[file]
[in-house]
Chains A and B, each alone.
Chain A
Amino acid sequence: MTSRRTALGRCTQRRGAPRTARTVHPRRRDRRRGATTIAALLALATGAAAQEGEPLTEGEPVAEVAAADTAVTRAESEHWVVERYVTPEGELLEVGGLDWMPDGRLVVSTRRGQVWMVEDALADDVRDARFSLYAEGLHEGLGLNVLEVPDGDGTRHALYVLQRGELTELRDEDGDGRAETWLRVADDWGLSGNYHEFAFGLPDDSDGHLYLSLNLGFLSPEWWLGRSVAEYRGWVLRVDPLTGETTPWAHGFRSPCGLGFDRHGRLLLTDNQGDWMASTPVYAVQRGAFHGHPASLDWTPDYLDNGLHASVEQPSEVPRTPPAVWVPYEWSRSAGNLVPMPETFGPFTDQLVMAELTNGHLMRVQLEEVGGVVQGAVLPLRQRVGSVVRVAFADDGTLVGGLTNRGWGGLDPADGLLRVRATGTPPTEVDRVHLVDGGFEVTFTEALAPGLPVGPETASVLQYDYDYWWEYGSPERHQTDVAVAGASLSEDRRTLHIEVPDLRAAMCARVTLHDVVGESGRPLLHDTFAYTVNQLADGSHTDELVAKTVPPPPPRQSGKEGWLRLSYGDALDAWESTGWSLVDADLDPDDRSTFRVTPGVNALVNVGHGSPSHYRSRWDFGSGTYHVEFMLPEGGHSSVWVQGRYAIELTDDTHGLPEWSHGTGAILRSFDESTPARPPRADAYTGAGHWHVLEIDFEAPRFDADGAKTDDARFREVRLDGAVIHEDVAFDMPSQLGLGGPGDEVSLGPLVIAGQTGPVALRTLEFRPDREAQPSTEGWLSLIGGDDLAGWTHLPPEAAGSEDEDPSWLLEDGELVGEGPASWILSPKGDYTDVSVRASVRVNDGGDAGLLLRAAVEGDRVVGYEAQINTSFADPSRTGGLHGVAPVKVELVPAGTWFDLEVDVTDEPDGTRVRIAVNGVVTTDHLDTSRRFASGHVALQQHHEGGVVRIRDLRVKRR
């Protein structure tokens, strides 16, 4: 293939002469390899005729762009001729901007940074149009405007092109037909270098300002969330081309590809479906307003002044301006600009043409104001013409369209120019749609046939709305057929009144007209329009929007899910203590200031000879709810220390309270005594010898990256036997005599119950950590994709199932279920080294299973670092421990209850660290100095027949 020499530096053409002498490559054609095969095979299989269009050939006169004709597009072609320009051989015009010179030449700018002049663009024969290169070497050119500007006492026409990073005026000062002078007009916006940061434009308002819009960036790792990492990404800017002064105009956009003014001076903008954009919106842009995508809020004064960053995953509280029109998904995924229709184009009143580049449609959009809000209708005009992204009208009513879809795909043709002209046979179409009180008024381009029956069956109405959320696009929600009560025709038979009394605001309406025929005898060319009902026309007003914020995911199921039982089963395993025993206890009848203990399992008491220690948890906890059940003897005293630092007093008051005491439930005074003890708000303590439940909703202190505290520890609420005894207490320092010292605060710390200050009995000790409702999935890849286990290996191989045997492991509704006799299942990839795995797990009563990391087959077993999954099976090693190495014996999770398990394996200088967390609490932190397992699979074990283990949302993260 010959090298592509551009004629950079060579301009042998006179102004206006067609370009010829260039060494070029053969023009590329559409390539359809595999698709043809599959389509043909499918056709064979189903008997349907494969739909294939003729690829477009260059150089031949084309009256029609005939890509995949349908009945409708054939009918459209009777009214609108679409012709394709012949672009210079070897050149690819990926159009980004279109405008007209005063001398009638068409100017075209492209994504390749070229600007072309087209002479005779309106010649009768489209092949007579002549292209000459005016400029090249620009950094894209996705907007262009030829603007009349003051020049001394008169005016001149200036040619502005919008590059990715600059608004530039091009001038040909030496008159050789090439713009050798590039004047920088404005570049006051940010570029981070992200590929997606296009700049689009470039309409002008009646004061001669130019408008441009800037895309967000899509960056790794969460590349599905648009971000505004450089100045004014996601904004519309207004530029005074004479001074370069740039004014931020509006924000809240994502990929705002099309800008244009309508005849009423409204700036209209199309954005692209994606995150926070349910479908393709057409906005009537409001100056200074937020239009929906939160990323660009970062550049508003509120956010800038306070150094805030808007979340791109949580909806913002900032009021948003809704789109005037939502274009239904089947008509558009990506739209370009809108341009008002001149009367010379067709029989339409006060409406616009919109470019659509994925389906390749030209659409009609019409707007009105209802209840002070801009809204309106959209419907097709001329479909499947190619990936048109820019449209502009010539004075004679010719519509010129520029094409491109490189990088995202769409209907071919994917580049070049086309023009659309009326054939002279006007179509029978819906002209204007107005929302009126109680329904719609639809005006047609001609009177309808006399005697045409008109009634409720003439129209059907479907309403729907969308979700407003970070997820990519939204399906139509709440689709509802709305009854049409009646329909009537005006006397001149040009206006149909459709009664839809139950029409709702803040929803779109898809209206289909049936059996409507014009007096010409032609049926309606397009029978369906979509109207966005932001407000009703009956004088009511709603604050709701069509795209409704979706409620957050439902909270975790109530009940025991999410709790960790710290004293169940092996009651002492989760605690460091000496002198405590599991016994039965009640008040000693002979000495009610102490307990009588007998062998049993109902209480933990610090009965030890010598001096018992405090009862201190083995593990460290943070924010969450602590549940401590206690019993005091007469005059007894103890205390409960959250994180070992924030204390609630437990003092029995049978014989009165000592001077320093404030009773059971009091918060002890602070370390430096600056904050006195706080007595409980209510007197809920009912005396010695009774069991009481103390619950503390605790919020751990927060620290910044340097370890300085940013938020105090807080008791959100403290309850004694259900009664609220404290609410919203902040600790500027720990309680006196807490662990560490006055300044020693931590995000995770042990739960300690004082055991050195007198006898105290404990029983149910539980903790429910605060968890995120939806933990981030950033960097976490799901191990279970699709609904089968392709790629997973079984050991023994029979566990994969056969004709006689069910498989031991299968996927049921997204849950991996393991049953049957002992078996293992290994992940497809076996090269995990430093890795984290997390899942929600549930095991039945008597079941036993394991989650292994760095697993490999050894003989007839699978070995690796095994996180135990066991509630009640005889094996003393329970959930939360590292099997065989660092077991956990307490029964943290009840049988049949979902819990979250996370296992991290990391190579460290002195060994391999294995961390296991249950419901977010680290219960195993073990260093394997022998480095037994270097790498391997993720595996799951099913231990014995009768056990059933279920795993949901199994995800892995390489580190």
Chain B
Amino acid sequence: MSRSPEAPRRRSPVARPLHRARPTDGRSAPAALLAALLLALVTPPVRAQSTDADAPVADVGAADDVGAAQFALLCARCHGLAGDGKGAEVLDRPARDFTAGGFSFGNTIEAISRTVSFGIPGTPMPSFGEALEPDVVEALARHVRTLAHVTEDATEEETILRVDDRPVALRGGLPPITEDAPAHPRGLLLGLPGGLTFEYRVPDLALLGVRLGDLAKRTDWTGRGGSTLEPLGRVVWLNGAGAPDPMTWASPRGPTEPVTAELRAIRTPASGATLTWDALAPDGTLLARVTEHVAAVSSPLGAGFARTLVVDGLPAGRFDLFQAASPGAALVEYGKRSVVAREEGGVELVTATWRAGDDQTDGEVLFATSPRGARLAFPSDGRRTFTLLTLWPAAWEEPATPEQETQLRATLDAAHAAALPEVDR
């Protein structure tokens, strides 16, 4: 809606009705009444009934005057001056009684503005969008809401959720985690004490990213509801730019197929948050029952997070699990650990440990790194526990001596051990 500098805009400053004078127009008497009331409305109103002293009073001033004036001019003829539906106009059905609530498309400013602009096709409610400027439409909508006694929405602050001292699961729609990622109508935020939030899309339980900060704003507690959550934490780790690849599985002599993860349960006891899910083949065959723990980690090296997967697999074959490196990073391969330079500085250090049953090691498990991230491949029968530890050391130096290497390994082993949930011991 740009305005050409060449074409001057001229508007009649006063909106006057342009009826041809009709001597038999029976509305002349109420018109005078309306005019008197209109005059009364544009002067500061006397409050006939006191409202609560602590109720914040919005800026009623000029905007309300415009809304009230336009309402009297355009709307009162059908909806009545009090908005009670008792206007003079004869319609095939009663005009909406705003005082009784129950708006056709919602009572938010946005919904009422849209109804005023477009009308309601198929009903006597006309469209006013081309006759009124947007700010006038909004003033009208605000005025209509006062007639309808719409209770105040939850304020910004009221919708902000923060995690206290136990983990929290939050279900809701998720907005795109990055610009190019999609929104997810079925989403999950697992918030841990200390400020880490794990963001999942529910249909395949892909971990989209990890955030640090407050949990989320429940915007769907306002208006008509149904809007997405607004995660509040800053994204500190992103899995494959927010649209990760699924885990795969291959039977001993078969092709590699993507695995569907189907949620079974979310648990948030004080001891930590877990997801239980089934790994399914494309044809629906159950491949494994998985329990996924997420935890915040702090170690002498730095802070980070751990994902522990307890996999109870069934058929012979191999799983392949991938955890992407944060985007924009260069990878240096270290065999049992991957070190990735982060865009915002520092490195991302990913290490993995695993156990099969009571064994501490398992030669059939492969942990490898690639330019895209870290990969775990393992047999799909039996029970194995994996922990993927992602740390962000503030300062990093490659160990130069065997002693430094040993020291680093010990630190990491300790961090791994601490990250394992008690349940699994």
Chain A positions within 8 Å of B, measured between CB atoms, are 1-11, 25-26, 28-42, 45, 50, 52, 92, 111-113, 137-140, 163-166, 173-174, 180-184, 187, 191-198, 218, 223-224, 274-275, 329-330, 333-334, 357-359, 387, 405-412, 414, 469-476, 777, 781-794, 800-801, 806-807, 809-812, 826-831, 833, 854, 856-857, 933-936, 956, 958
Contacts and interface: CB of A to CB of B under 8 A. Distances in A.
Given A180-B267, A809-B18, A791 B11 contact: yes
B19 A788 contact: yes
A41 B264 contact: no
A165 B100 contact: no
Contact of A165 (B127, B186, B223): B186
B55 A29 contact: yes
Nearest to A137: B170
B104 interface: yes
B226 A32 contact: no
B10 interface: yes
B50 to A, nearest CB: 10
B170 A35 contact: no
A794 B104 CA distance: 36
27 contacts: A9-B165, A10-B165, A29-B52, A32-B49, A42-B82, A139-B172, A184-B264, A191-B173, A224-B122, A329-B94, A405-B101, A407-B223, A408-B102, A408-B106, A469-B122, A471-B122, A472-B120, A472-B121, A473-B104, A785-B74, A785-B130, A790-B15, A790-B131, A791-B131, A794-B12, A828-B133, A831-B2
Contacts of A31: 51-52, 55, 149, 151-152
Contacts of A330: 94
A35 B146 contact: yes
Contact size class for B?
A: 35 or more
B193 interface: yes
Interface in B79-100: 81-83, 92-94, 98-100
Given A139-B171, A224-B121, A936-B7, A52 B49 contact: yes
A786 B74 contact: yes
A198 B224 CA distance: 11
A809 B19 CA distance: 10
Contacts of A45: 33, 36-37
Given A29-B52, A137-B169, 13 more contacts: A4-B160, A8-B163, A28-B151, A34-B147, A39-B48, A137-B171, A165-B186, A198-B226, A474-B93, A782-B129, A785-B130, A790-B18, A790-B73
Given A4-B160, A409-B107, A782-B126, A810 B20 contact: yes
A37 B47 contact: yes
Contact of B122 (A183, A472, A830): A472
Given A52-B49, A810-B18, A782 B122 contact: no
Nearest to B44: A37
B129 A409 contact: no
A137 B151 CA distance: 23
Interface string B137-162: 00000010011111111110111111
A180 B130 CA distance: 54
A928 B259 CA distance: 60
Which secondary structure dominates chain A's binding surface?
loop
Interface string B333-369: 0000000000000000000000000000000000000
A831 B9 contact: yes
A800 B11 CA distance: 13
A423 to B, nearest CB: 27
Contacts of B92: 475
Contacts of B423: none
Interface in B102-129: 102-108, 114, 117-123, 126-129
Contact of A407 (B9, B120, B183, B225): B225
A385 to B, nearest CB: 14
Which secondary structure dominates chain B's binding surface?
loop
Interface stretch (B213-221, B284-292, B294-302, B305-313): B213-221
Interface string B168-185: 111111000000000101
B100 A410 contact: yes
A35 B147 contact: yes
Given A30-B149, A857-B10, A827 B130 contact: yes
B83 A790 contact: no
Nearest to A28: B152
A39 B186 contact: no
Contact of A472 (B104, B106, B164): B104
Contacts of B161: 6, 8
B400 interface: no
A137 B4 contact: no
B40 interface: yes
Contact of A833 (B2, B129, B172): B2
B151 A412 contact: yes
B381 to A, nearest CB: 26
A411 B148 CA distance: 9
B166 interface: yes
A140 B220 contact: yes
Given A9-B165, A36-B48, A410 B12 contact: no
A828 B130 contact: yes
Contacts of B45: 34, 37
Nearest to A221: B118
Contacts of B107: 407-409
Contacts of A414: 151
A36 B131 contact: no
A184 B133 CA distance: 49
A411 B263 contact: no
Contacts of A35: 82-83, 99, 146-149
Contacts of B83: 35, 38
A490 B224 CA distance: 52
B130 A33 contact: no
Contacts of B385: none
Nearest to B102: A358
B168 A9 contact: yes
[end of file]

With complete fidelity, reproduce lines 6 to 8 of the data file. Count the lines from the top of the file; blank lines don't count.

Chain B
Amino acid sequence: MSRSPEAPRRRSPVARPLHRARPTDGRSAPAALLAALLLALVTPPVRAQSTDADAPVADVGAADDVGAAQFALLCARCHGLAGDGKGAEVLDRPARDFTAGGFSFGNTIEAISRTVSFGIPGTPMPSFGEALEPDVVEALARHVRTLAHVTEDATEEETILRVDDRPVALRGGLPPITEDAPAHPRGLLLGLPGGLTFEYRVPDLALLGVRLGDLAKRTDWTGRGGSTLEPLGRVVWLNGAGAPDPMTWASPRGPTEPVTAELRAIRTPASGATLTWDALAPDGTLLARVTEHVAAVSSPLGAGFARTLVVDGLPAGRFDLFQAASPGAALVEYGKRSVVAREEGGVELVTATWRAGDDQTDGEVLFATSPRGARLAFPSDGRRTFTLLTLWPAAWEEPATPEQETQLRATLDAAHAAALPEVDR
């Protein structure tokens, strides 16, 4: 809606009705009444009934005057001056009684503005969008809401959720985690004490990213509801730019197929948050029952997070699990650990440990790194526990001596051990 500098805009400053004078127009008497009331409305109103002293009073001033004036001019003829539906106009059905609530498309400013602009096709409610400027439409909508006694929405602050001292699961729609990622109508935020939030899309339980900060704003507690959550934490780790690849599985002599993860349960006891899910083949065959723990980690090296997967697999074959490196990073391969330079500085250090049953090691498990991230491949029968530890050391130096290497390994082993949930011991 740009305005050409060449074409001057001229508007009649006063909106006057342009009826041809009709001597038999029976509305002349109420018109005078309306005019008197209109005059009364544009002067500061006397409050006939006191409202609560602590109720914040919005800026009623000029905007309300415009809304009230336009309402009297355009709307009162059908909806009545009090908005009670008792206007003079004869319609095939009663005009909406705003005082009784129950708006056709919602009572938010946005919904009422849209109804005023477009009308309601198929009903006597006309469209006013081309006759009124947007700010006038909004003033009208605000005025209509006062007639309808719409209770105040939850304020910004009221919708902000923060995690206290136990983990929290939050279900809701998720907005795109990055610009190019999609929104997810079925989403999950697992918030841990200390400020880490794990963001999942529910249909395949892909971990989209990890955030640090407050949990989320429940915007769907306002208006008509149904809007997405607004995660509040800053994204500190992103899995494959927010649209990760699924885990795969291959039977001993078969092709590699993507695995569907189907949620079974979310648990948030004080001891930590877990997801239980089934790994399914494309044809629906159950491949494994998985329990996924997420935890915040702090170690002498730095802070980070751990994902522990307890996999109870069934058929012979191999799983392949991938955890992407944060985007924009260069990878240096270290065999049992991957070190990735982060865009915002520092490195991302990913290490993995695993156990099969009571064994501490398992030669059939492969942990490898690639330019895209870290990969775990393992047999799909039996029970194995994996922990993927992602740390962000503030300062990093490659160990130069065997002693430094040993020291680093010990630190990491300790961090791994601490990250394992008690349940699994």